Editor & Publisher, Marcellus Drilling News (MDN)
Representatives from the approved Constitution Pipeline met with Cuomo’s top aide to answer questions about the held up project nearing the April deadline.
The Constitution Pipeline is a badly needed natural gas pipeline that would run ~125 miles from the gas fields of Susquehanna County, PA up into New York–all the way to Schoharie County, NY–where it would intersect with the Iroquois Pipeline and the Tennessee Gas Pipeline. The $683 million project would pump 650 million cubic feet per day (MMcf/d) of PA shale gas to markets throughout the northeast and potentially into New England.
The Federal Energy Regulatory Commission (FERC) approved the project in 2014. Pennsylvania cleared the way for the pipeline in 2015. New York is holding it up–the tail wagging the dog–by not issuing stream and swamp crossing permits. We have repeatedly called on Williams, the main sponsor of the project, to take New York to court to strip them of their right to have any say in the matter since Cuomo is intentionally stopping the project for political reasons.
We’re just now hearing that representatives from the Constitution met with a top Cuomo aide in February to answer questions. The clock is ticking and Cuomo is almost out of time. New York has until April 29 to issue the permits or the application made to the state one year ago will expire. Perhaps that will be the triggering event for a massive lawsuit against the state.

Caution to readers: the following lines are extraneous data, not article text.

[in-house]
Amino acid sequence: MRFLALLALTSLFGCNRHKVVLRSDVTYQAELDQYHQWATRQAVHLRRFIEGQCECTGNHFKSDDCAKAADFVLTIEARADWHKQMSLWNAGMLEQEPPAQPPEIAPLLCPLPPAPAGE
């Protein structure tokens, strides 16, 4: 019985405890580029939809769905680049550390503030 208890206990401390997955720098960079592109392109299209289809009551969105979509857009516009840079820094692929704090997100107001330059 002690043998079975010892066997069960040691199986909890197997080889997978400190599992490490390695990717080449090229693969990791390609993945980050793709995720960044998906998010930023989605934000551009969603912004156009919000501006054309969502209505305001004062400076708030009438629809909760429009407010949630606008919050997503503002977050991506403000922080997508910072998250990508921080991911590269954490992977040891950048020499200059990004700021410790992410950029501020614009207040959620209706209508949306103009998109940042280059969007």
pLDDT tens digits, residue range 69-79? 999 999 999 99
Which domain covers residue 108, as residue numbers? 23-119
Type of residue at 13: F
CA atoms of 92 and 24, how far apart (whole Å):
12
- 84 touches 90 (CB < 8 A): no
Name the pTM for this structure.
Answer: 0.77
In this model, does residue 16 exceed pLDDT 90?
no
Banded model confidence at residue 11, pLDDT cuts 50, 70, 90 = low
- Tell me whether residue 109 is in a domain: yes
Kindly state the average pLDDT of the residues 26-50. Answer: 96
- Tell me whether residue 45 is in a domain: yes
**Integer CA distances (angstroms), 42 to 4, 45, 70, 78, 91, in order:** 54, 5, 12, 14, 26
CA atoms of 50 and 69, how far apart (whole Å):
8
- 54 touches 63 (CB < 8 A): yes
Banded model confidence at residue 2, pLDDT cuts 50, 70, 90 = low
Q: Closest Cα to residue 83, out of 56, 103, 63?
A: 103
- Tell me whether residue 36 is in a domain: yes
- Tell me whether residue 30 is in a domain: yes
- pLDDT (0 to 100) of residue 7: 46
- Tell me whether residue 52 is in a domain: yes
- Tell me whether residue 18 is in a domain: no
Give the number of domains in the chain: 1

In September 2015 MDN editor Jim Willis attended the Shale Insight conference in Philadelphia. Jim listened to a panel discussion of midstream (pipeline) experts, including a former FERC commissioner. He got to ask a question and the question, roughly, was this: “The New York DEC is currently holding up the FERC-approved Constitution Pipeline. What if the DEC refuses to issue the necessary permits? What happens next?” The answer Jim got was, “It depends.”
The bottom line seems to be that if the DEC refuses to grant the permits, Williams will need to request a waiver from FERC and both FERC and Williams may well need to take the DEC to court at the end of the day. The DEC has no legal right to prevent a federally approved project from being built. That’s the bottom line. It may take a court to force the DEC (and Gov. Cuomo) to act, but in this matter the law is on our side. This is not a question of “if,” it is a question of “when” the pipeline will get built.
We’ll go out on a limb here and say that if NY does not grant the stream crossing permits by April 29, very soon after Williams will file a waiver request with FERC and/or a lawsuit against the state to force the issue. There’s no way Williams and Cabot and the other partners in the project are going to walk away from it.
Executives of investors in the Constitution Pipeline have met with a top aide to Gov. Andrew Cuomo, said pipeline spokesman Christopher Stockton. Stockton said executives met with Bill Mulrow, the secretary to the governor and a former director at asset manager Blackstone, in February to answer questions about the project.
Constitution Pipeline resubmitted its application for a New York water quality certification permit on April 29, 2015. That means the state must take action by April 29, 2016.
Supporters say the pipeline will create jobs, bring in more tax dollars to local governments and supply needed energy to manufacturers and power producers along its route. Environmental groups are concerned about the impacts of the construction process and the long-range implications for climate change of increased fossil fuel use.
Opponents of the pipeline plan to rally in Albany on April 5 to call on Cuomo to reject the pipeline.
It would be great if pro-pipeline supporters also showed up on April 5 in Albany to carry signs supporting the Constitution Pipeline.